Tappenden and Daniel-Hughes (eds.), Coming Back to Life

OPEN-ACCESS BOOK FROM MCGILL UNIVERSITY:
COMING BACK TO LIFE

The lines between death and life were neither fixed nor finite to the peoples of the ancient Mediterranean. For most, death was a passageway into a new and uncertain existence. The dead were not so much extinguished as understood to be elsewhere, and many perceived the deceased to continue to exercise agency among the living. Even for those more skeptical of an afterlife, notions of coming back to life provided frameworks in which to conceptualize the on-going social, political, and cultural influence of the past. This collection of essays examines how notions of coming back to life shape practices and ideals throughout the ancient Mediterranean. All contributors focus on the common theme of coming back to life as a discursive and descriptive space in which antique peoples construct, maintain, and negotiate the porous boundaries between past and present, mortality and immortality, death and life.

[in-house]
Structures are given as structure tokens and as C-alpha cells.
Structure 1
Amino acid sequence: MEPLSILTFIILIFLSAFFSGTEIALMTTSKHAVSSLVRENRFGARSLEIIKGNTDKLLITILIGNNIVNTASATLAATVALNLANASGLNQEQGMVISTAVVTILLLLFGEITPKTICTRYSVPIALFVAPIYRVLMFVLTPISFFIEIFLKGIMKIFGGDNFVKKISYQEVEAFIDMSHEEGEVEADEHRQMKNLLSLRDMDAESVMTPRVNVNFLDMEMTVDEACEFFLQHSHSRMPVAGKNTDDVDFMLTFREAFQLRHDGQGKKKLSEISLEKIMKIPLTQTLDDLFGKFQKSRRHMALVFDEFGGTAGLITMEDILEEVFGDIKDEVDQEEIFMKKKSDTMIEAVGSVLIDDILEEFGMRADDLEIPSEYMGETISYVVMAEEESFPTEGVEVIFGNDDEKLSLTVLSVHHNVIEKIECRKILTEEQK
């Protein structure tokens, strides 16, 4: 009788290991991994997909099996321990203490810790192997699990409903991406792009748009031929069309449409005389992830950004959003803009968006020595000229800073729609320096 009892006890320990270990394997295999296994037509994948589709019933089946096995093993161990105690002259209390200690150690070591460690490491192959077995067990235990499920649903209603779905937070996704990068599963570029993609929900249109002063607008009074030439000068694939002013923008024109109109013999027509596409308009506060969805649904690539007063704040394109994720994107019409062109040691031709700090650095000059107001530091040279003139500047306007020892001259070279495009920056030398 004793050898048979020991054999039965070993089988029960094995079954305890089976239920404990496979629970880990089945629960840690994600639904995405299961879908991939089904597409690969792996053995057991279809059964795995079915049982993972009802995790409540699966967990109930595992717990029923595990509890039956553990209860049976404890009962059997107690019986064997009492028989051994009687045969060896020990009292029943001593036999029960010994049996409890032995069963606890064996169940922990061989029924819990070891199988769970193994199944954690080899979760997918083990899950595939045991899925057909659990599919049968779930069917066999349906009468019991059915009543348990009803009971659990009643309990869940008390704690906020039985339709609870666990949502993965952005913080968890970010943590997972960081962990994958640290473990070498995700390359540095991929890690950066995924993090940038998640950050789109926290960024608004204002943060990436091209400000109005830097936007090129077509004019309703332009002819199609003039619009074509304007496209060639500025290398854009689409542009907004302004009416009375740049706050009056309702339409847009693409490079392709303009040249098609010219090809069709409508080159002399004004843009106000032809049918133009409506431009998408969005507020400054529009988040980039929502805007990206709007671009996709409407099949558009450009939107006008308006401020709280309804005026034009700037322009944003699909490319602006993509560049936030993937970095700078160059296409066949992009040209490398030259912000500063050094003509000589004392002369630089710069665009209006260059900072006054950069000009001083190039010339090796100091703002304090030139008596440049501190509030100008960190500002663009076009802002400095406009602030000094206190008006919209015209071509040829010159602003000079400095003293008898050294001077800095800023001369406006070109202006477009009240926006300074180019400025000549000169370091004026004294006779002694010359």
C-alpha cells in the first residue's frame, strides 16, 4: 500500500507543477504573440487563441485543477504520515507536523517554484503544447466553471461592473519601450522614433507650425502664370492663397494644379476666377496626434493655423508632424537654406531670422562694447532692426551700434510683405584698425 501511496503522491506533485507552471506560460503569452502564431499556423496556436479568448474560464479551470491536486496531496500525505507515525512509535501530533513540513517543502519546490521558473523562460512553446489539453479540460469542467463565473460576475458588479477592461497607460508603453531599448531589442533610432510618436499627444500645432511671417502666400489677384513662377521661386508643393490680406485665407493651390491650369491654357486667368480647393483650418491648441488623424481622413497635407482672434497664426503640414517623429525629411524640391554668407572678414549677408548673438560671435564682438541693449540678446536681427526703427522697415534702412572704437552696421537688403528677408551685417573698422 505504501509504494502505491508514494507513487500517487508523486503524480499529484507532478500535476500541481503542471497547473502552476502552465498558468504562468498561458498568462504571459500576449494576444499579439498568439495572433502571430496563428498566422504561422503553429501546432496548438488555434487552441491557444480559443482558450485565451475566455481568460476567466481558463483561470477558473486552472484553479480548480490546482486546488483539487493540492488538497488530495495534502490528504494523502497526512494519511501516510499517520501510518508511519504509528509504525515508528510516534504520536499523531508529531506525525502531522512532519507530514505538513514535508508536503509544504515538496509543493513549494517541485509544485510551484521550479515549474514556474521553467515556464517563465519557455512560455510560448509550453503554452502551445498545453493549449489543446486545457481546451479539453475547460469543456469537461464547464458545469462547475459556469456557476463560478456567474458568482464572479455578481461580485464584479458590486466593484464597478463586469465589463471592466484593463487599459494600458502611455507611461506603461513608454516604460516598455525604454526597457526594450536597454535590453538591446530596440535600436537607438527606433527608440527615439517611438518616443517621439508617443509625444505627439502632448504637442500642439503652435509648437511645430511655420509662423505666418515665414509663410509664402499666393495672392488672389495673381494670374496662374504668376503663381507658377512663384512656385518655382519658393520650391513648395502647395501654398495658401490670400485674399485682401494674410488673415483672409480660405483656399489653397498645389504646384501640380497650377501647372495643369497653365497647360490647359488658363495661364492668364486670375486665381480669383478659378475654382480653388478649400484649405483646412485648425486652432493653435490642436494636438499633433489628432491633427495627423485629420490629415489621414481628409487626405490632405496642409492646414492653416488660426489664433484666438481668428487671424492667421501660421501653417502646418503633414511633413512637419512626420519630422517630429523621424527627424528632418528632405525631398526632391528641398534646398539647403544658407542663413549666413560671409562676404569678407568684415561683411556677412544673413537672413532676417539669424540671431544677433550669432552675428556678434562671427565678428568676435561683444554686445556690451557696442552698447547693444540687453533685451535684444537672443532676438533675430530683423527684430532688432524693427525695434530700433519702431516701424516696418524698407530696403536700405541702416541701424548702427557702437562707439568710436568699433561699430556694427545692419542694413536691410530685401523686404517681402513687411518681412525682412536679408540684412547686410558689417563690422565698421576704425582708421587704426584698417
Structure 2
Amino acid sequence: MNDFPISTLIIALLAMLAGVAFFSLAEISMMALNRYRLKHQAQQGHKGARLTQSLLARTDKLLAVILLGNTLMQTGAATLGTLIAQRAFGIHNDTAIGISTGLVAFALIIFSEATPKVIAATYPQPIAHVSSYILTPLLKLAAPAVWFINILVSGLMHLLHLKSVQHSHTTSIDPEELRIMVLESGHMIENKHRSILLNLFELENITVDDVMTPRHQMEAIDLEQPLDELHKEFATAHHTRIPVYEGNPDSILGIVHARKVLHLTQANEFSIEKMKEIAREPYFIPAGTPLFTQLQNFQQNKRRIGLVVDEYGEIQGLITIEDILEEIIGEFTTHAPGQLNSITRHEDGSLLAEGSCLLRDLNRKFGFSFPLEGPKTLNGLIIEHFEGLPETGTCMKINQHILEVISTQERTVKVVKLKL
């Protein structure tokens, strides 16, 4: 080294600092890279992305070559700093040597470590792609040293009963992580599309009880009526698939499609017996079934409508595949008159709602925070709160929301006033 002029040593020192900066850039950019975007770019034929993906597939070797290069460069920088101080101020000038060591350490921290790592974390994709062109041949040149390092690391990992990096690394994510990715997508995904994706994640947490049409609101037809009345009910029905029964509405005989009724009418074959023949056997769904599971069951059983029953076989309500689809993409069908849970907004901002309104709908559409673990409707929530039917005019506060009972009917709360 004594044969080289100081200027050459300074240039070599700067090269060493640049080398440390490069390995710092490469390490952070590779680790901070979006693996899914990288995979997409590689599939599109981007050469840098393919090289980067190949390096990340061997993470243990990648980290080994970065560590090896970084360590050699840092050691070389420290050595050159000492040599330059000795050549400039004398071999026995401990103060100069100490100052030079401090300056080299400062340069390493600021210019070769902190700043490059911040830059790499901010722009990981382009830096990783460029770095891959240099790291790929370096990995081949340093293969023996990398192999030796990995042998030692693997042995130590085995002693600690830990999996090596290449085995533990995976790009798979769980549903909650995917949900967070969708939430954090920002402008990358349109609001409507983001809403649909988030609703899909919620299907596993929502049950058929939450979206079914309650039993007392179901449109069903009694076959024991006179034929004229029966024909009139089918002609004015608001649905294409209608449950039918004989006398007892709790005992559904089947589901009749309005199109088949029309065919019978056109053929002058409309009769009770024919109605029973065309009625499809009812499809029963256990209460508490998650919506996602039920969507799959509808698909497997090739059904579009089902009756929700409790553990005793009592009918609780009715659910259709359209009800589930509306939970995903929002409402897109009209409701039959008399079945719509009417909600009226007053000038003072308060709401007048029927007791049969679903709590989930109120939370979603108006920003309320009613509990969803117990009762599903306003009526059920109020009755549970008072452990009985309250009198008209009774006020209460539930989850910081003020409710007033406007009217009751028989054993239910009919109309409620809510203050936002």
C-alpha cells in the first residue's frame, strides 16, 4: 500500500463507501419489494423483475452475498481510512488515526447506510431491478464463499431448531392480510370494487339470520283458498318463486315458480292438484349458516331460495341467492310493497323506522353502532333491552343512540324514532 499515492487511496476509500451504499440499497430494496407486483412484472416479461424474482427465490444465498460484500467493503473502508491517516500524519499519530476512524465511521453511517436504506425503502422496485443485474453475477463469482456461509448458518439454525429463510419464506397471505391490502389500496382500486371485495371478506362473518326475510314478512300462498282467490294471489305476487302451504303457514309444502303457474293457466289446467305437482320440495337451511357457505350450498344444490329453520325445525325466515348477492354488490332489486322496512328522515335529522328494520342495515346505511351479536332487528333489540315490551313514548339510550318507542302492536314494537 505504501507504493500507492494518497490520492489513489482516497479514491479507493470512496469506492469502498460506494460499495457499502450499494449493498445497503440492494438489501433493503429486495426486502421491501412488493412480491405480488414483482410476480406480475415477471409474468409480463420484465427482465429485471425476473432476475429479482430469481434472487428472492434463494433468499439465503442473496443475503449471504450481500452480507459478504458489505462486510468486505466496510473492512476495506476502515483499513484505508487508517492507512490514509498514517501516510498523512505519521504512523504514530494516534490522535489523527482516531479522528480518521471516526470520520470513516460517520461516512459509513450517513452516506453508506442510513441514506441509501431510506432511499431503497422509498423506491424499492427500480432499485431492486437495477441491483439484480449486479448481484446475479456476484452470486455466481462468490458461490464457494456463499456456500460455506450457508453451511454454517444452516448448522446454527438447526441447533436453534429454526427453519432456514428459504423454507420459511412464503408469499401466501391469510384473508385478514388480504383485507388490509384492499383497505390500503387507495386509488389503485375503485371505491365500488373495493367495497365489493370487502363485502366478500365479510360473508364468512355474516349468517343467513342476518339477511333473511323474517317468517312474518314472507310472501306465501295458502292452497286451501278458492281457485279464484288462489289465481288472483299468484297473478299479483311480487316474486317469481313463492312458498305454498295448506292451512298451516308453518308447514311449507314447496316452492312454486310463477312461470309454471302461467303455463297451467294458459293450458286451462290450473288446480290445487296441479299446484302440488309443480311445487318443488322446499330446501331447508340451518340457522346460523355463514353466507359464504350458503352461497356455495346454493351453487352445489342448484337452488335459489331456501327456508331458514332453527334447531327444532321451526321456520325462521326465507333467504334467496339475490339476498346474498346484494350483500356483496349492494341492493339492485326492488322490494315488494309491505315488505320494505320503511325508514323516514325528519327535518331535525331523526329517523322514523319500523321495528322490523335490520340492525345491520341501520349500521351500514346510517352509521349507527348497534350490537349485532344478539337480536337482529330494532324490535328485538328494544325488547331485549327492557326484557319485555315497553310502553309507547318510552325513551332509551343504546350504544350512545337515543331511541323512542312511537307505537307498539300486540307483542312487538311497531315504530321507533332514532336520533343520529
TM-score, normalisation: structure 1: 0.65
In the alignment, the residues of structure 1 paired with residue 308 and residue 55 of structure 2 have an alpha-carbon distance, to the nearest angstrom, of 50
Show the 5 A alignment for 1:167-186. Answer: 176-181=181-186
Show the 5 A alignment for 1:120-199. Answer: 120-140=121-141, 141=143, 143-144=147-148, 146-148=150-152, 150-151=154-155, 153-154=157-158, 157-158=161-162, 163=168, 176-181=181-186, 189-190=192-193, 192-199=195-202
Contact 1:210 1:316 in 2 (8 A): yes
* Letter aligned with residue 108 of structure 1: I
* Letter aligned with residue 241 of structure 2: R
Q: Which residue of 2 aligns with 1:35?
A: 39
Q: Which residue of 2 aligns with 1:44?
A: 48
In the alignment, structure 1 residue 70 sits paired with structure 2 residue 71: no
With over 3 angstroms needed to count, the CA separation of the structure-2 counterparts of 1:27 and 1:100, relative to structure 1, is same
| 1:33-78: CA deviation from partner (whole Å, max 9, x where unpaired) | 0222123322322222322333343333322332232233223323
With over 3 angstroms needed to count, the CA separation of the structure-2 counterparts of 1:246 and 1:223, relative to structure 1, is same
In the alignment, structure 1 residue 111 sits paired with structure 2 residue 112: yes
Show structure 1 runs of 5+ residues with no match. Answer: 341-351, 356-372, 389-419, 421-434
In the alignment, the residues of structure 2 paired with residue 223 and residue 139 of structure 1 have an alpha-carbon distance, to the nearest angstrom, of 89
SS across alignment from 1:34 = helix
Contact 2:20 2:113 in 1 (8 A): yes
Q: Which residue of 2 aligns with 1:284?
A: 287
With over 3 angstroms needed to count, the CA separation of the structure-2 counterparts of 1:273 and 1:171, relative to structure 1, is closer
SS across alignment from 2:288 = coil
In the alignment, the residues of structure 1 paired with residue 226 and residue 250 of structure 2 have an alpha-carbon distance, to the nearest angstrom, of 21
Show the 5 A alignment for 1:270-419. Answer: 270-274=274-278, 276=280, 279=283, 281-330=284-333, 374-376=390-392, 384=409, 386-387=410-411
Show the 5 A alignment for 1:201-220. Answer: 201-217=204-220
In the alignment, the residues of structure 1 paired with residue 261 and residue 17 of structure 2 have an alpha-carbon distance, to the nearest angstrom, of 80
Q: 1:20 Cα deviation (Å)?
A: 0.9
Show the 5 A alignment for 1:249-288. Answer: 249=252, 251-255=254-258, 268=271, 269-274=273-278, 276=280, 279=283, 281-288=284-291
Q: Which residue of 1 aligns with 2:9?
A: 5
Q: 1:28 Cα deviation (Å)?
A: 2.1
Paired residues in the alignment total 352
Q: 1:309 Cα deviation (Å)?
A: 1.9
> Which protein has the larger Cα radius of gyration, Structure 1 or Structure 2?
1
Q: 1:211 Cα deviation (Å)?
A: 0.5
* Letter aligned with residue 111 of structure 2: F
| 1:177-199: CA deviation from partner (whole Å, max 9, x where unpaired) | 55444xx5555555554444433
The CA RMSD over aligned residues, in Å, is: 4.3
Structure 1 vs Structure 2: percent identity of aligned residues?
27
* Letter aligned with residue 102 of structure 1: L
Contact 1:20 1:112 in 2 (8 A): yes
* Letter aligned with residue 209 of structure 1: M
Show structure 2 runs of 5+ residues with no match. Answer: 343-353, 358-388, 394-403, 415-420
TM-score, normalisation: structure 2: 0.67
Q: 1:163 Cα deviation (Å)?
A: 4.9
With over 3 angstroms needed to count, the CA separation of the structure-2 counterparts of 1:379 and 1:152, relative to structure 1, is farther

I am surprised to see that none of the essays are specifically about Jewish traditions, unless you count The Life of Adam and Eve as Jewish. (I don't.) But there is plenty of interesting material on the Greco-Roman world and early Christianity.

Seen on Facebook.

Interview with Albert Pietersma

WILLIAM ROSS: LXX SCHOLAR INTERVIEW: DR. ALBERT PIETERSMA (Septuaginta &C. Blog). One excerpt, but read it all: